Image source: Ypres Rally
The atmosphere in the town centre is spectacular and has a real buzz about the place and everyone really does welcome the rally. There are plenty of bars and restaurants scattered around the perimeter of the square so you will never be short of a bite to eat or a drink. Most years there is an autograph session and in 2019 there is a session on the Friday at 12:00, and the area in front of the stage can get quite busy, but is often a good time to look around the rest of the service park. If you are head to the Ypres Rally you really must visit the town centre; don’t miss this opportunity.
The Special Stages
To access all stages you will need a pass. The are currently valued at €55 which gets you into all spectator areas across the whole weekend including the shakedown/qualifying stage.
Image source: Ypres Rally
In 2019 the Friday stages are starting at 16:10, and usually have done for the last few years. Once the drives have completed their autograph session at midday and attended a few press conferees the rally starts. There are 9 special stages on Friday with SS9 staring at 21:26, with sunset at 22:06 you will have plenty of light to see the majority of the top cars and then the tail end of the field will be competing in the darkness. The firs car is due back in at parc ferme at 23.15.
The majority of the stages are quite close to one another, so it is quite hard to see a lot of the cars from say SS1 and then catch the first car on the road in SS2. It makes good practice to plan your day in advance. The togetherness of the stages it makes sense to perhaps go to SS1, watch 20-40 cars then make a move for SS3 (dependant on distance) and alternate between the stages, missing one in between to ensure you get to your next stage with time to spare and enough space to park. Considering the amount of people that get in the spectator areas, it is relatively easy to get parked and when you want to leave you also get out just as quick. Always remember to park your car in the direction you indent to leave, it just saves time and hassle trying to shunt your car around when you are trying to get out – so do you manoeuvres before your park.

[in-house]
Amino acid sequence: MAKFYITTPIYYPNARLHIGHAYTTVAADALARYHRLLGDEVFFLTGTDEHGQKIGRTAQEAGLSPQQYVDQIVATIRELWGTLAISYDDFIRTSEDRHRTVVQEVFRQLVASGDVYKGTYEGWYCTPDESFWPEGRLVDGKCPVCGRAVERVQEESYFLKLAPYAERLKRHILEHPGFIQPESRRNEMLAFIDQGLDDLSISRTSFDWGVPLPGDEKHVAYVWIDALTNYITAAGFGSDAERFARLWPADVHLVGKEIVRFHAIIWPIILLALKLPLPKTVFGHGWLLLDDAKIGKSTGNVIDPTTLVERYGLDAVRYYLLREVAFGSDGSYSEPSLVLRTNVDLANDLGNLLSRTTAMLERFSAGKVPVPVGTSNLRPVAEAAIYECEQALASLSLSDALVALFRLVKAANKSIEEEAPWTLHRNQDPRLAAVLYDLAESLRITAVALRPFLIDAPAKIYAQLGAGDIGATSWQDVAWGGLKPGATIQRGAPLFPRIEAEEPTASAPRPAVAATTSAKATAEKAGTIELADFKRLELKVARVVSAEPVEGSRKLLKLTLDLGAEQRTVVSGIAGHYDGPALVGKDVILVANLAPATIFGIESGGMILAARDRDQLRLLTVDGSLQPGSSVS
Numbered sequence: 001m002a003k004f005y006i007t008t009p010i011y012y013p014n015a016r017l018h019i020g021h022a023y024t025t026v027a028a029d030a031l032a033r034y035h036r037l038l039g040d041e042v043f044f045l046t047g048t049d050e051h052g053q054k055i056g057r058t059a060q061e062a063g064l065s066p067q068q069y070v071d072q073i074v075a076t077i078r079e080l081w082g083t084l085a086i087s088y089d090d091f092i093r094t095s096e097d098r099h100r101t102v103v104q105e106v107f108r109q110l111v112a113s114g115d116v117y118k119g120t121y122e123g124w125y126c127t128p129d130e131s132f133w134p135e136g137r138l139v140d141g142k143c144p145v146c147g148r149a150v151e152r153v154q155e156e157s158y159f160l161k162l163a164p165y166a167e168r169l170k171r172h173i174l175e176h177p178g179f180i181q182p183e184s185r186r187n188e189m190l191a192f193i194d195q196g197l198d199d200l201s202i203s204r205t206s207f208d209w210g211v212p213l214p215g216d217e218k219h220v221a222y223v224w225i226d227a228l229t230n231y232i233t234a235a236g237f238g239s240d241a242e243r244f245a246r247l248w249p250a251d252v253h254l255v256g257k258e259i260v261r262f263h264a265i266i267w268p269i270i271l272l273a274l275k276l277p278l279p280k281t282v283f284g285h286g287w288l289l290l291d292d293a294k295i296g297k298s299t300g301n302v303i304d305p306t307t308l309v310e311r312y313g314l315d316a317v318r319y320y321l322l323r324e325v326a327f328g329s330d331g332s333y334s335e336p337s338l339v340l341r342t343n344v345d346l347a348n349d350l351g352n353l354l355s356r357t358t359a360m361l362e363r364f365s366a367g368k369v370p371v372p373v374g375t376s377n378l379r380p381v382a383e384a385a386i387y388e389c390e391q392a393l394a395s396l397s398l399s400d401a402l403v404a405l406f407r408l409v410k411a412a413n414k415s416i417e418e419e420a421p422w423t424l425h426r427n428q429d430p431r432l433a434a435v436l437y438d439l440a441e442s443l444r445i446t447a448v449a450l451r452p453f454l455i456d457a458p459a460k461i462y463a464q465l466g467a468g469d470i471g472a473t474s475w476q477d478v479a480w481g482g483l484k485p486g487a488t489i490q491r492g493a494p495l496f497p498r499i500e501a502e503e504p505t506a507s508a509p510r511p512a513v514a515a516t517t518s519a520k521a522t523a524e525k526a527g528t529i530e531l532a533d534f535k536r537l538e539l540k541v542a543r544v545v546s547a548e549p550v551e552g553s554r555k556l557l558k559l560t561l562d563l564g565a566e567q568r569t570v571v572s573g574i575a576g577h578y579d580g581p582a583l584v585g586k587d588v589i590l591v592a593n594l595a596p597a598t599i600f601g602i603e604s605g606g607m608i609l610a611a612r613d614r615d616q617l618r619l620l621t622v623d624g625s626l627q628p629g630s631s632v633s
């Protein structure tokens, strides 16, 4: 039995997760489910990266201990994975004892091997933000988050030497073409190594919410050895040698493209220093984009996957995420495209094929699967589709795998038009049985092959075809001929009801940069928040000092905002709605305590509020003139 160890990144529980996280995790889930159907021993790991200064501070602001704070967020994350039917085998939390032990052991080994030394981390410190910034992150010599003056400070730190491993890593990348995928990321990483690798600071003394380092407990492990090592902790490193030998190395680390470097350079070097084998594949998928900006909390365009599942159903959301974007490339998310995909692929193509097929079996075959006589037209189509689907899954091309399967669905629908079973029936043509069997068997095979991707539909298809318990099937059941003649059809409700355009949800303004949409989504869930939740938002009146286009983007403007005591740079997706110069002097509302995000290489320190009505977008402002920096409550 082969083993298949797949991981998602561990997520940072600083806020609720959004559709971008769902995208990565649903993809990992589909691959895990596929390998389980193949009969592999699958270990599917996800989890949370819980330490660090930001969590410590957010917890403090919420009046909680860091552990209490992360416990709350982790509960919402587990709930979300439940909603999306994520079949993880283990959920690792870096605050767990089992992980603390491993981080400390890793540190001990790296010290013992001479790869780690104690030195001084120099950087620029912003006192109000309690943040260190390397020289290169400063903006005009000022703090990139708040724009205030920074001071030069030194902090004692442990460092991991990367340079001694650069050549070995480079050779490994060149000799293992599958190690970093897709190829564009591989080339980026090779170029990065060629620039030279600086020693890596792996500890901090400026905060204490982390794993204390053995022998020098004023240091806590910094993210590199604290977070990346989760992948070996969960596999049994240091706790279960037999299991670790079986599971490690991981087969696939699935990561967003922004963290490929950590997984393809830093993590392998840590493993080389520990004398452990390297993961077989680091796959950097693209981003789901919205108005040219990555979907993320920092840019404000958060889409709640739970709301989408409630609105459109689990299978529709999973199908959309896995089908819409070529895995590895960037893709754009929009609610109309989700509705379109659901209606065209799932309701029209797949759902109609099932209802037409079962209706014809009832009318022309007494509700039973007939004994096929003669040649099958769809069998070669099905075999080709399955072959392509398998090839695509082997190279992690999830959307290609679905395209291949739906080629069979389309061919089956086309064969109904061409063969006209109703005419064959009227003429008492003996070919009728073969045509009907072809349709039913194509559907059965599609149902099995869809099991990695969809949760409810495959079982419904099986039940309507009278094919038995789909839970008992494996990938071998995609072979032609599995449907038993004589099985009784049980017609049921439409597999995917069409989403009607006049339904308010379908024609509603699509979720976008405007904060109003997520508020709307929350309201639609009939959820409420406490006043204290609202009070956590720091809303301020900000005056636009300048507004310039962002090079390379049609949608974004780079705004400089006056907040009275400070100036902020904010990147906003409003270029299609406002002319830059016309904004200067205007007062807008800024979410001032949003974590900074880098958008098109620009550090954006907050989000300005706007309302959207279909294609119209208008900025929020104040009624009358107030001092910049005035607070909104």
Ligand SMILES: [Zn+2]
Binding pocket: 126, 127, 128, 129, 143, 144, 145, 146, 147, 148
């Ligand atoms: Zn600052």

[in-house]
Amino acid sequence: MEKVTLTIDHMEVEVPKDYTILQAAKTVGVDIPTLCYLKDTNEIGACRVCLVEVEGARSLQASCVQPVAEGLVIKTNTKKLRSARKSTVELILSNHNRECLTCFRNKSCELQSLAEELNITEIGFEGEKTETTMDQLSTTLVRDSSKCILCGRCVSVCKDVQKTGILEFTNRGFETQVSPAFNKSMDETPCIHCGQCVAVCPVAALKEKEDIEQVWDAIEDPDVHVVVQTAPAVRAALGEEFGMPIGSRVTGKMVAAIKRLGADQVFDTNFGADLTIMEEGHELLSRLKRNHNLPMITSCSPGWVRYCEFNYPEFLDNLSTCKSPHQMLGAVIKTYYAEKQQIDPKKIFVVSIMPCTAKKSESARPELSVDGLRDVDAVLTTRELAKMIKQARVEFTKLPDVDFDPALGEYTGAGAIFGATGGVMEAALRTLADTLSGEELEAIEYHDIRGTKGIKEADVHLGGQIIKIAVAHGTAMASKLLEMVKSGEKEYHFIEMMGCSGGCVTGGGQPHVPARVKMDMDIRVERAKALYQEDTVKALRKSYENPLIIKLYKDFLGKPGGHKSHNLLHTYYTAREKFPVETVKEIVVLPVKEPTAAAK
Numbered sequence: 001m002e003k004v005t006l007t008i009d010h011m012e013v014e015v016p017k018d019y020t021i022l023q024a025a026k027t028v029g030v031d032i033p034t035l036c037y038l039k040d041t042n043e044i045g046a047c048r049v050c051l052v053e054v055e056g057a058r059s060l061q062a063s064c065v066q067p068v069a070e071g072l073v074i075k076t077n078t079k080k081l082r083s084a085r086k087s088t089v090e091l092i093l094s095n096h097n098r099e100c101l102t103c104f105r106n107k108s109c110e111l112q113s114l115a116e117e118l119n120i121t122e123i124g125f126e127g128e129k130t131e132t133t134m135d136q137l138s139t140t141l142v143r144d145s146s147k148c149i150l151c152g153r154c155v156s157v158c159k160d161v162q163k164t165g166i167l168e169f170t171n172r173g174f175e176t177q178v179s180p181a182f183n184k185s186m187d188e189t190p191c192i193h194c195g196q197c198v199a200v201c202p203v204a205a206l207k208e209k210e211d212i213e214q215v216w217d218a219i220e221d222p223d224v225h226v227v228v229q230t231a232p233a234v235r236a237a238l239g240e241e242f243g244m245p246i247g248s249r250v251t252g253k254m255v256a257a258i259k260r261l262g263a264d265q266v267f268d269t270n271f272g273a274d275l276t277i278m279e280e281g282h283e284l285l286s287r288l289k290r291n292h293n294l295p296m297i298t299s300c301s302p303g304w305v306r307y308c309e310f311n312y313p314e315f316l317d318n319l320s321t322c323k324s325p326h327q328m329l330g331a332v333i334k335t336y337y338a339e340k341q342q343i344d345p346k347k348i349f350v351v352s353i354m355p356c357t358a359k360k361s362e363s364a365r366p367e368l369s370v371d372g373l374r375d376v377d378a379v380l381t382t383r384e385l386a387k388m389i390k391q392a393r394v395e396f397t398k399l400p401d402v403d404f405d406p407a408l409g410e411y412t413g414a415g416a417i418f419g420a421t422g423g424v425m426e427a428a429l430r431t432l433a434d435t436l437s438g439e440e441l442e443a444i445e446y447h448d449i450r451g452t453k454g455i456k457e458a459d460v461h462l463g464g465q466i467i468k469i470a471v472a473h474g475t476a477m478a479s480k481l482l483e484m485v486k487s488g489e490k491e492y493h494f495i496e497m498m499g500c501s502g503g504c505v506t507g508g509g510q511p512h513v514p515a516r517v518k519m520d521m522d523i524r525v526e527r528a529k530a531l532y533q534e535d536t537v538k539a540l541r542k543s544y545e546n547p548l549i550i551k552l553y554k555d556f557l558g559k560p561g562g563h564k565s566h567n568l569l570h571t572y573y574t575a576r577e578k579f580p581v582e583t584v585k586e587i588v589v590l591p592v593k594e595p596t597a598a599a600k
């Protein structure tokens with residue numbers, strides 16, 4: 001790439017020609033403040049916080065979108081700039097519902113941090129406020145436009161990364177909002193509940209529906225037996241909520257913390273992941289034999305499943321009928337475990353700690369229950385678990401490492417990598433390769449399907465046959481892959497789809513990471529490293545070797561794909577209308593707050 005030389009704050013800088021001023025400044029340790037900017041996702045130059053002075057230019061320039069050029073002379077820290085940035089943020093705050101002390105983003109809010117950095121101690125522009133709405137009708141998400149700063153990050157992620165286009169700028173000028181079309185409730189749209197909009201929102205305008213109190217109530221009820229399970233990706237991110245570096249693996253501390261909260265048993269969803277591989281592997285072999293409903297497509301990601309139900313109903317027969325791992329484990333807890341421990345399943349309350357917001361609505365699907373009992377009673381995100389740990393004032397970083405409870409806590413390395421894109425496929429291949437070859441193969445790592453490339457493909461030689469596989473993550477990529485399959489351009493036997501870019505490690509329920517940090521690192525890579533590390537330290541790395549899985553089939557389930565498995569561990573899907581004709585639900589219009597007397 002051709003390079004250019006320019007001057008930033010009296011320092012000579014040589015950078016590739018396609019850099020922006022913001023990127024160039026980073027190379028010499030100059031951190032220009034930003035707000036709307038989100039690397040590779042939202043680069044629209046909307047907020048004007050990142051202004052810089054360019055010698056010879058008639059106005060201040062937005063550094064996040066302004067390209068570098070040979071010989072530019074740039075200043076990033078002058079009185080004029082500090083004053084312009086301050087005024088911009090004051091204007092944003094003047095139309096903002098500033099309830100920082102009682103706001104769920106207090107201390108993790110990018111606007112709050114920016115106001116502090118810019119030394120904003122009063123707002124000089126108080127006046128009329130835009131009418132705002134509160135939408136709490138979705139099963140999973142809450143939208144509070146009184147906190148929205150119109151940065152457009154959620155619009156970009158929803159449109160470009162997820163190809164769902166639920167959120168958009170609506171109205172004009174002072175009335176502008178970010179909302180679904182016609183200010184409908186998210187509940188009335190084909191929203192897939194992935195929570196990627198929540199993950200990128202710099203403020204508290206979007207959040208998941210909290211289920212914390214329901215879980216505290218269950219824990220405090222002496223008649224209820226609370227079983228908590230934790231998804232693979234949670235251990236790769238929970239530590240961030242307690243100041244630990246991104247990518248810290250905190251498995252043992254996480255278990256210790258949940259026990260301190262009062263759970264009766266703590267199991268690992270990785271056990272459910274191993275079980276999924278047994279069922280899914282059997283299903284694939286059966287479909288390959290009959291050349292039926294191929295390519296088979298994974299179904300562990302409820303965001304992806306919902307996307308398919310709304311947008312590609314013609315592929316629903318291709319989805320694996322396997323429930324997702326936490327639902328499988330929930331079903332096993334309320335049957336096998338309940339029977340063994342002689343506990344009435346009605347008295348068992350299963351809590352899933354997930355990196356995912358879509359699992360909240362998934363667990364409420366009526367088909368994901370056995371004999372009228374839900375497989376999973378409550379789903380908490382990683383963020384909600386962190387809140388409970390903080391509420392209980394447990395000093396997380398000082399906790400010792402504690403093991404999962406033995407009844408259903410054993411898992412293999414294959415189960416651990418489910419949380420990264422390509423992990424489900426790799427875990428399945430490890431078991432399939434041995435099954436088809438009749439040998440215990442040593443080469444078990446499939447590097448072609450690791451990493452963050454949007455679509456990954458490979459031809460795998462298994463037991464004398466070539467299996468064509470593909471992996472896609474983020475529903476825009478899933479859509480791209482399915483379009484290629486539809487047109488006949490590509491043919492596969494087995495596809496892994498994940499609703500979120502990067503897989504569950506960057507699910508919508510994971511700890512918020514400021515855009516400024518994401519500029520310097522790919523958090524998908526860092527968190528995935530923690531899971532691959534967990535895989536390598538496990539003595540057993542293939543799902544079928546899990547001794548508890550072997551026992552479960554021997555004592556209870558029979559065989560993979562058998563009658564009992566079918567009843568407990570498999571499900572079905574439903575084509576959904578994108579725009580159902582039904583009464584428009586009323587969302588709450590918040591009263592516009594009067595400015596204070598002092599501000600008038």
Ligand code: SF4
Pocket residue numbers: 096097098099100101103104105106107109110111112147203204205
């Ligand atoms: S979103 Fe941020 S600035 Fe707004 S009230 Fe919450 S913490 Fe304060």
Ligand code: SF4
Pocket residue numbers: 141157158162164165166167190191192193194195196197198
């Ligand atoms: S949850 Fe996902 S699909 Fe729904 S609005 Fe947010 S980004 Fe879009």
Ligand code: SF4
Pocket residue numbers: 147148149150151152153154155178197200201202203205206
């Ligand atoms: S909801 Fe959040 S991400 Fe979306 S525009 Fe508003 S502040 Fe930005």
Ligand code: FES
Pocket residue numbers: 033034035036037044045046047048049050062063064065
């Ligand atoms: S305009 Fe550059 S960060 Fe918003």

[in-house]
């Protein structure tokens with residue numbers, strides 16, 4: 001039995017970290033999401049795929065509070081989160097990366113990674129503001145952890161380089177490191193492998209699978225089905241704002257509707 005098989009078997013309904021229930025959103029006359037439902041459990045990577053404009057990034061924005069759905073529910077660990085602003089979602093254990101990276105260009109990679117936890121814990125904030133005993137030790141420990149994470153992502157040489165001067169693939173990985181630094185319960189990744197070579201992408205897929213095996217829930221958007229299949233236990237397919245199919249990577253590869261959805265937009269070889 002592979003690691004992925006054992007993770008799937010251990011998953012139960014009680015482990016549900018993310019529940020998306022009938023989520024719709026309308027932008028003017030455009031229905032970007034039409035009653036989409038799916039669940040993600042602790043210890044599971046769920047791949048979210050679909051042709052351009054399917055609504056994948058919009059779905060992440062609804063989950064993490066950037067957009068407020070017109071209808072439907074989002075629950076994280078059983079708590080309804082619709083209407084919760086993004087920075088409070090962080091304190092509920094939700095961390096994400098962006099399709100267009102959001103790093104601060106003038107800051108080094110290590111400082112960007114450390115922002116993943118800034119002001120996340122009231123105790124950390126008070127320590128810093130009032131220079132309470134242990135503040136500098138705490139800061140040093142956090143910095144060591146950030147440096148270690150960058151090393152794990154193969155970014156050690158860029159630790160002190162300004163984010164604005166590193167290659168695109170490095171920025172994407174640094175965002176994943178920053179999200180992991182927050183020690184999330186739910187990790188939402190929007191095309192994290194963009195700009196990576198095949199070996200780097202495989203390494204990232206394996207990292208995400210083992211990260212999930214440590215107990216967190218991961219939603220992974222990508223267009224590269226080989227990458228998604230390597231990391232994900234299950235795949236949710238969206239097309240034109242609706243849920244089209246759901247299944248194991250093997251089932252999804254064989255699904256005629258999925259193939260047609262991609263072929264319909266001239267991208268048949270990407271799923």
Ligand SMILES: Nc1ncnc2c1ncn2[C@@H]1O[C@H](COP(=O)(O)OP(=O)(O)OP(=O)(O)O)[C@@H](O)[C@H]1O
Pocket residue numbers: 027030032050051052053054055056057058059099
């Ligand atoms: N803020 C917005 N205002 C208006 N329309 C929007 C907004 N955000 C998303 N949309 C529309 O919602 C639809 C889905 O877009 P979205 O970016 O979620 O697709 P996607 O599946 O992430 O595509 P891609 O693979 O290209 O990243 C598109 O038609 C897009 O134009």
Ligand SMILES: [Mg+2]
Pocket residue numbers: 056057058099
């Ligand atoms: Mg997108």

The Saturday stages also start quite leisurely for a rally, with the first stage at 10:09, you have enough time to grab a bite to eat before you head to SS10. The stages continue into the late afternoon with SS23, the final stage due to start at 20.27. The finish ceremony is also quite spectacular for the first 20 or so cars. Once everyone has seen their Belgian hero, Thierry Neuville over the ramp, the crowds tend to head for a drink then leave for home.
In total for 2019 there are 277.88 stages miles with a liaison distance of 266.64, giving the total mileage for the event 544.52 miles with a special stage percentage of 51.03.
The Menin Gate which is a war memorial for soldiers lost during The Great War is a stunning spectacle. The huge archway is on Menenstraat street which is literally only a 2 minute walk from the podium in the town square. At 20:00 every night a moving ceremony takes place under the Menin Gate which is called the Last Post Ceremony and has become part of the daily routine living in the Town. With Rally Ypres taking place the ceremony continues and is a great opportunity to visit such a touching tribute and many of the crews taking part in the event make the trip to the Menin Gate for the ceremony. If you cannot visit during the Last Post, it is still worth vising whenever you are in the town centre.